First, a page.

Nuclear weapons abolition requires more than the five nuclear-weapon states’ recent joint statement

Nuclear weapons abolition requires more than the five nuclear-weapon states’ recent joint statement

Jan Oberg

Written on January 7, 2022, as Op-Ed for China Daily *

One description of the contemporary world is more accurate and ominous than any other, namely that we live in the nuclear age or the age of nuclearism, i.e. the weapons plus the thinking and power structures that surround these doomsday weapons.

In 1946, Albert Einstein stated that “the unleashed power of the atom has changed everything save our modes of thinking and we thus drift toward unparalleled catastrophe.”

Even limited use of nuclear weapons would lead to a global human and environmental catastrophe. It is enigmatic that everybody talks about the much slower climate change, while the numerous destructive links between militarism and environmental destruction are hardly ever made even by leading experts, politicians or civil society leaders.

Therefore, it must be welcomed that the five nuclear weapons states of the UN Security Council have issued a joint statement. They know there is a vast elephant there in the middle of the global room. They want the rest of the world to see that they care: They won’t use these weapons, they won’t start a nuclear arms race against each other, they want to intensify negotiations in good faith to rid the world of nuclear weapons. They know that a nuclear war cannot be won and must never be fought. They want nuclear weapons to be only for deterrence. And they will seek to prevent further proliferation of nukes.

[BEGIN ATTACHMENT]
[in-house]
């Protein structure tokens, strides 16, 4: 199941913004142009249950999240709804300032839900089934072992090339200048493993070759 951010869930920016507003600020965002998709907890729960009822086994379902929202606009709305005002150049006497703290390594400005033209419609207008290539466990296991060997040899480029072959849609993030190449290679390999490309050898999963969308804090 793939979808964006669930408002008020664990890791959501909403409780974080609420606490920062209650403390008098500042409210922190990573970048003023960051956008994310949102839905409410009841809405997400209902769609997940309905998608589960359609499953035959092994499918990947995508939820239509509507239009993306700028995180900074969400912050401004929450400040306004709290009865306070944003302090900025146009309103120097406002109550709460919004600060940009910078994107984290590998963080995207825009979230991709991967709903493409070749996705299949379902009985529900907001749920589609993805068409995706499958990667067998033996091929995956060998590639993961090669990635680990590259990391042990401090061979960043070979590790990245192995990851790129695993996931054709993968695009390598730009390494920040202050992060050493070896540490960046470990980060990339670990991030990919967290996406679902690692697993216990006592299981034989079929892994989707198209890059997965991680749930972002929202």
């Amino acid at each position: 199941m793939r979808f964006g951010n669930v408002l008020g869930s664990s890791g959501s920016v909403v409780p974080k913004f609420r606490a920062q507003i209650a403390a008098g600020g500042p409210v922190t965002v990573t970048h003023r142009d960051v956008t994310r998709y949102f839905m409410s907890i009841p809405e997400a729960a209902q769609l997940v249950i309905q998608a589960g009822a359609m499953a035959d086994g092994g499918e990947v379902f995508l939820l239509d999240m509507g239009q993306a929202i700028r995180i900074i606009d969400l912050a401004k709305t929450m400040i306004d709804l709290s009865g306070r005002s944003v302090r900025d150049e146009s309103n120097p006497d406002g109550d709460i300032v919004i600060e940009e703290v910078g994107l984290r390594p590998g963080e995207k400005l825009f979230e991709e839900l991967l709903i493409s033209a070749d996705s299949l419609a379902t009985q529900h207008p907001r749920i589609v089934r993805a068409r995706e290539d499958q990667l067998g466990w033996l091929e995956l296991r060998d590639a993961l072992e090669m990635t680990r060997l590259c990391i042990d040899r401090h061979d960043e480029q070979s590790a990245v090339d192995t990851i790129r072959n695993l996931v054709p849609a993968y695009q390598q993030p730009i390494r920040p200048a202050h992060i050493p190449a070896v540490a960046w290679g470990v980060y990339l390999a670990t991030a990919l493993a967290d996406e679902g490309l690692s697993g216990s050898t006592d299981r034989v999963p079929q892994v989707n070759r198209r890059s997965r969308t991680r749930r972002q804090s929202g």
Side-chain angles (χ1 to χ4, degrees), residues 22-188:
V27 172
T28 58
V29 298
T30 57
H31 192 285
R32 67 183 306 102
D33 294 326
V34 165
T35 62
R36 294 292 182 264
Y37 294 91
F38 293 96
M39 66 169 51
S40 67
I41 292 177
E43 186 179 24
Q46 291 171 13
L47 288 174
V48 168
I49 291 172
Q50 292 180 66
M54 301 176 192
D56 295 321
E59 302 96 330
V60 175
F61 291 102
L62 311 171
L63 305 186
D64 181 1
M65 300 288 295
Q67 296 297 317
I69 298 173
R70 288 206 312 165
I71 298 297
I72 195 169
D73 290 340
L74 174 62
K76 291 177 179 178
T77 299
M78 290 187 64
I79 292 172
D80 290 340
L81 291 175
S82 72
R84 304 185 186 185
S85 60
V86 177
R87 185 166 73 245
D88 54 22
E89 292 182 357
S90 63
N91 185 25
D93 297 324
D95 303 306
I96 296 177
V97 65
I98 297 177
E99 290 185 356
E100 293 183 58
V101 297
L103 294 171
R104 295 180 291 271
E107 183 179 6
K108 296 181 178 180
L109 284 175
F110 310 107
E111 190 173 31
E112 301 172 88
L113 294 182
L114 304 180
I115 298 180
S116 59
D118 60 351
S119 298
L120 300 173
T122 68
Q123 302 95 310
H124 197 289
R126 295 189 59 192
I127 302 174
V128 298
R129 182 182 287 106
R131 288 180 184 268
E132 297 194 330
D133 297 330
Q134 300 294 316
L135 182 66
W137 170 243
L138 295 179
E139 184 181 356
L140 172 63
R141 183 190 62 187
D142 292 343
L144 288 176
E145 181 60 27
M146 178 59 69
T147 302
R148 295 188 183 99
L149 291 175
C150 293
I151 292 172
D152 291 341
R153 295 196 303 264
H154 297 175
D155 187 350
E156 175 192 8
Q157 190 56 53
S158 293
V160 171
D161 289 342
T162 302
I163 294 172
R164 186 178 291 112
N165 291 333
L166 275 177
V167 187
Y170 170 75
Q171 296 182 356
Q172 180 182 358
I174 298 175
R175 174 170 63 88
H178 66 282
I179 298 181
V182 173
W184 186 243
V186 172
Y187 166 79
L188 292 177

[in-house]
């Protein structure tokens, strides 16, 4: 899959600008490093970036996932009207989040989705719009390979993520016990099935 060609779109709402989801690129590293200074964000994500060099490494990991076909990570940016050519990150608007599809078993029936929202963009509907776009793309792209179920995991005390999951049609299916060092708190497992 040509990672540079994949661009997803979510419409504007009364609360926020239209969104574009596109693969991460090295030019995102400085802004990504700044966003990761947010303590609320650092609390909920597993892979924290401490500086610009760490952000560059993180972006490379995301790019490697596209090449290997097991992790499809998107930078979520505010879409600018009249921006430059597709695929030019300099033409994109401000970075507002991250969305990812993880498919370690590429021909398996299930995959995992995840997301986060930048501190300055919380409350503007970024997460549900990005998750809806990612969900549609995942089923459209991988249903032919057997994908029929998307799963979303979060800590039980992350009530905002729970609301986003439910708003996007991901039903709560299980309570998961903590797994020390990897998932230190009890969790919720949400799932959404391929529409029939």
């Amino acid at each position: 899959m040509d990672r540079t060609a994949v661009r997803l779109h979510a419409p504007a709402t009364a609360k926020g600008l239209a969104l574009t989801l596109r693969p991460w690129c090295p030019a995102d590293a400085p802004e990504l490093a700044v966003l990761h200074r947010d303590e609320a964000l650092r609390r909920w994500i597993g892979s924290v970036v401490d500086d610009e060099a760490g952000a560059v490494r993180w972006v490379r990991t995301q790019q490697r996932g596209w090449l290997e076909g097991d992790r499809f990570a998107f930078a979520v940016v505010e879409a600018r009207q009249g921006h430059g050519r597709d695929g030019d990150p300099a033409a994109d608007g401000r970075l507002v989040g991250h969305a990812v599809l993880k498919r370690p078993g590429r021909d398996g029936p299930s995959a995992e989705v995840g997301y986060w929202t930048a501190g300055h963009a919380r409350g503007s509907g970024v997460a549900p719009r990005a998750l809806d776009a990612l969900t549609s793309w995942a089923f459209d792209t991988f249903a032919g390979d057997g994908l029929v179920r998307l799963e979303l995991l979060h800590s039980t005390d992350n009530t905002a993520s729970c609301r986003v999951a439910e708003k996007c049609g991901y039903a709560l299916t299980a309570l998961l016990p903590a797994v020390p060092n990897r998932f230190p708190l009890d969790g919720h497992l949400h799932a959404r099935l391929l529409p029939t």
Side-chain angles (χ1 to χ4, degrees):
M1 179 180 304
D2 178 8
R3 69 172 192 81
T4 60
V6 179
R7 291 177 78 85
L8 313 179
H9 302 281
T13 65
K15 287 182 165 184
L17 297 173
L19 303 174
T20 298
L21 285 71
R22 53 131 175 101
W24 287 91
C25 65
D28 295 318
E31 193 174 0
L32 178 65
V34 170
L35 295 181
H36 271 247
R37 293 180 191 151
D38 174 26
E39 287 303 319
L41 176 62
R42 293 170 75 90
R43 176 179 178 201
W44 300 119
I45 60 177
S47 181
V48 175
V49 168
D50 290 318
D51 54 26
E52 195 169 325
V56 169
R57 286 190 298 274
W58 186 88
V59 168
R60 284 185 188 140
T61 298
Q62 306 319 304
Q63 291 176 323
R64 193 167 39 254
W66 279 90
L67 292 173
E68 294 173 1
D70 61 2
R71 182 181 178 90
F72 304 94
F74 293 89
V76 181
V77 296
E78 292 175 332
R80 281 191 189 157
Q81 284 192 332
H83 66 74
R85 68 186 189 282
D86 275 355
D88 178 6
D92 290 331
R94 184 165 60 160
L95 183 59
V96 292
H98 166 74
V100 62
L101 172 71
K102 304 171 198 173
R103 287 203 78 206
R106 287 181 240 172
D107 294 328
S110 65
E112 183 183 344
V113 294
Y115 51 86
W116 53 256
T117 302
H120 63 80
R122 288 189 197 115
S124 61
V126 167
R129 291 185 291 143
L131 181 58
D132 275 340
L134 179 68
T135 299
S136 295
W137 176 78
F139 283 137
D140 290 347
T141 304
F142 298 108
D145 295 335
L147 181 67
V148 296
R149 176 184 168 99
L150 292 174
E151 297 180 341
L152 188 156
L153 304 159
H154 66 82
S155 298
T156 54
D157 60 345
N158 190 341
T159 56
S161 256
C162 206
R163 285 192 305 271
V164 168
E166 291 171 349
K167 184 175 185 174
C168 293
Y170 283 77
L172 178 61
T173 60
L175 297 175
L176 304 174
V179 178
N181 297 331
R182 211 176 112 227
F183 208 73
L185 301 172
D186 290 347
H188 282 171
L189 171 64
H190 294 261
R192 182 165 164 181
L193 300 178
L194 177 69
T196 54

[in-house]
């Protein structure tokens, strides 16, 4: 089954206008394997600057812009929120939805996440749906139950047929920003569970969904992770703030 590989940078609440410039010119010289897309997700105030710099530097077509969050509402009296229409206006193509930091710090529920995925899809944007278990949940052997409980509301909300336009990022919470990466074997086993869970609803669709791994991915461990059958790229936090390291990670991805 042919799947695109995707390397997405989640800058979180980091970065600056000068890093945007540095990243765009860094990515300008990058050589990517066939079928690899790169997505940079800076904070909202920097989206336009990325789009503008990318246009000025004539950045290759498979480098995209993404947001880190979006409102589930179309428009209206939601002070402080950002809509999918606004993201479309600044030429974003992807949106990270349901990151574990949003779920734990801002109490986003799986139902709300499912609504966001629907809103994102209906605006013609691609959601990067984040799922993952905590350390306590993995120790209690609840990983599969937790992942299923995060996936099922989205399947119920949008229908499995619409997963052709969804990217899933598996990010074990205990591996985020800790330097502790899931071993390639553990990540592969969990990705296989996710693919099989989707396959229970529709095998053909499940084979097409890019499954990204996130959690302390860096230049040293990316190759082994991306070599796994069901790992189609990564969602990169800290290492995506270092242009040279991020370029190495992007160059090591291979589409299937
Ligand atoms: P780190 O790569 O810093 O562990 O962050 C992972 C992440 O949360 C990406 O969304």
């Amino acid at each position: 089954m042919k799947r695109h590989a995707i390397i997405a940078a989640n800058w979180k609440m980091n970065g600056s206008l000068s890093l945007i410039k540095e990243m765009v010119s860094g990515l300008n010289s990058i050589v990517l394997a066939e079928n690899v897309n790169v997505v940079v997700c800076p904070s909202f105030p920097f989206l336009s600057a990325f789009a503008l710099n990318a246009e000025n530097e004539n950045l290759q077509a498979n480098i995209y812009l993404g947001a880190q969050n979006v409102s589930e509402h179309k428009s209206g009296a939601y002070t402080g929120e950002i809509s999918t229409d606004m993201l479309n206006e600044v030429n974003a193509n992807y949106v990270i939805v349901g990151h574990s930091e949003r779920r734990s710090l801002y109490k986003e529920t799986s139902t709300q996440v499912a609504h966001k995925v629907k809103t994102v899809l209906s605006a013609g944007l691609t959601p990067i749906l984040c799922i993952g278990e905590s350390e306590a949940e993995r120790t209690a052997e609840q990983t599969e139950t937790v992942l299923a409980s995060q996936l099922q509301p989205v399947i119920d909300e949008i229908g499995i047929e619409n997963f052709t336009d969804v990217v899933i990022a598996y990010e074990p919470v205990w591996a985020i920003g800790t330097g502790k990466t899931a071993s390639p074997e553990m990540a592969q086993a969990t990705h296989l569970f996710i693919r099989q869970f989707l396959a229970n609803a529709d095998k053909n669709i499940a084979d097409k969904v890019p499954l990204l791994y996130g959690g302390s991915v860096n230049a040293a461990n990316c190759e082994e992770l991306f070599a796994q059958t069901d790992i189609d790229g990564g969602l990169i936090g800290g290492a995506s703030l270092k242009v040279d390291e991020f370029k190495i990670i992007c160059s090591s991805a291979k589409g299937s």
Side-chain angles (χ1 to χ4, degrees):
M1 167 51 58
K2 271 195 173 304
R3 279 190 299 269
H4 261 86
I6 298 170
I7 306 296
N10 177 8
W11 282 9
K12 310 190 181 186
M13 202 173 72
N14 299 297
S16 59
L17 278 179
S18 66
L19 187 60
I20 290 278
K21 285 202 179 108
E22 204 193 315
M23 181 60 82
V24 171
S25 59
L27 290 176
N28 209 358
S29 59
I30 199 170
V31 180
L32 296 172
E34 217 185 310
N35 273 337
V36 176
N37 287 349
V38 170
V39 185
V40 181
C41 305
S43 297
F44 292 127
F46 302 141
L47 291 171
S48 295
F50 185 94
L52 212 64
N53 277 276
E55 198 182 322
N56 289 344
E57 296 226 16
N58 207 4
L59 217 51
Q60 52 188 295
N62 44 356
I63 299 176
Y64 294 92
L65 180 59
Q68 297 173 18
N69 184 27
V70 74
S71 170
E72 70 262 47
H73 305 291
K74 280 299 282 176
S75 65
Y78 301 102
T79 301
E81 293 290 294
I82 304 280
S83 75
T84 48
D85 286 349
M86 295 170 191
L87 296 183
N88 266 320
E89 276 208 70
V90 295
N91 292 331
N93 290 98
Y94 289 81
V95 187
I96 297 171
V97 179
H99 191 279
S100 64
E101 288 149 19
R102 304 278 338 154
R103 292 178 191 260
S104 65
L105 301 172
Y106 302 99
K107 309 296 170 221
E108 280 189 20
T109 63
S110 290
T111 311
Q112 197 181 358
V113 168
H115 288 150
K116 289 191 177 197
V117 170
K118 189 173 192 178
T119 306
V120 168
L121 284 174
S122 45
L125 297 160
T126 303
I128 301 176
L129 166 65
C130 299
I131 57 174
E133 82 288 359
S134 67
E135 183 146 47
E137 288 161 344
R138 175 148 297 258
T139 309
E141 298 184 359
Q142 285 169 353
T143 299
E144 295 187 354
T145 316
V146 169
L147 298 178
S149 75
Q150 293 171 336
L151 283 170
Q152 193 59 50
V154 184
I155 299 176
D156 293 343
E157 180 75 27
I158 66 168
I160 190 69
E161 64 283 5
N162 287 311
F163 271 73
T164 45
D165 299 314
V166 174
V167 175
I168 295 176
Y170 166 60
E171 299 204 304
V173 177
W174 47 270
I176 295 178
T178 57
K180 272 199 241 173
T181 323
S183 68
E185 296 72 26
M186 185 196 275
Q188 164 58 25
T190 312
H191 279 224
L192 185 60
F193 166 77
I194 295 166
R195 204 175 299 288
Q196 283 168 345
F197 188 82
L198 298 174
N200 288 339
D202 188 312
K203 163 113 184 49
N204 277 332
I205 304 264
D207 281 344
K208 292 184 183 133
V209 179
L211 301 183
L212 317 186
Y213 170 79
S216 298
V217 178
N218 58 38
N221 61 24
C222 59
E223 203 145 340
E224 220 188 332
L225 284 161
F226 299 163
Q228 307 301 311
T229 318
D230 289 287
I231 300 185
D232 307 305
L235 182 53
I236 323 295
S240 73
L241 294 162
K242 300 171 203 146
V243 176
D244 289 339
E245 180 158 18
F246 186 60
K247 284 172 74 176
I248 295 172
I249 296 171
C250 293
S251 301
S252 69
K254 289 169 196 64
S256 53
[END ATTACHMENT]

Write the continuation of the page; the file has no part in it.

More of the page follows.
Given the history of nuclear weapons and the intended road to their abolition since 1945, these assertions, however, fail to convince in substantial terms. Let me give a few reasons.

First and foremost – nuclear deterrence: No weapon in this world can serve deterrence if each party knows that all the others will never use their nukes. If A knows that B will under no circumstance ever use his, it is risk-free for A to start using them because A knows that he will not be hit by B’s retaliatory second strike. All deterrence rests on the idea that they shall be used if a particular situation occurs. So, to put it crudely, all nuclear weapons are there to be used – if!

And that’s why abolition is the only effective way to live in security and peace.

Secondly, nuclear defensiveness: To use a weapon only defensively must, by definition, mean that it is used on one’s immediate land and sea territory, thus having short range and limited destruction capacity. None of it applies to nuclear weapons: No country or people would accept the use of nuclear weapons on their own territory against an attacker. In short, nuclear weapons are, by definition, offensive – and offensive worldwide.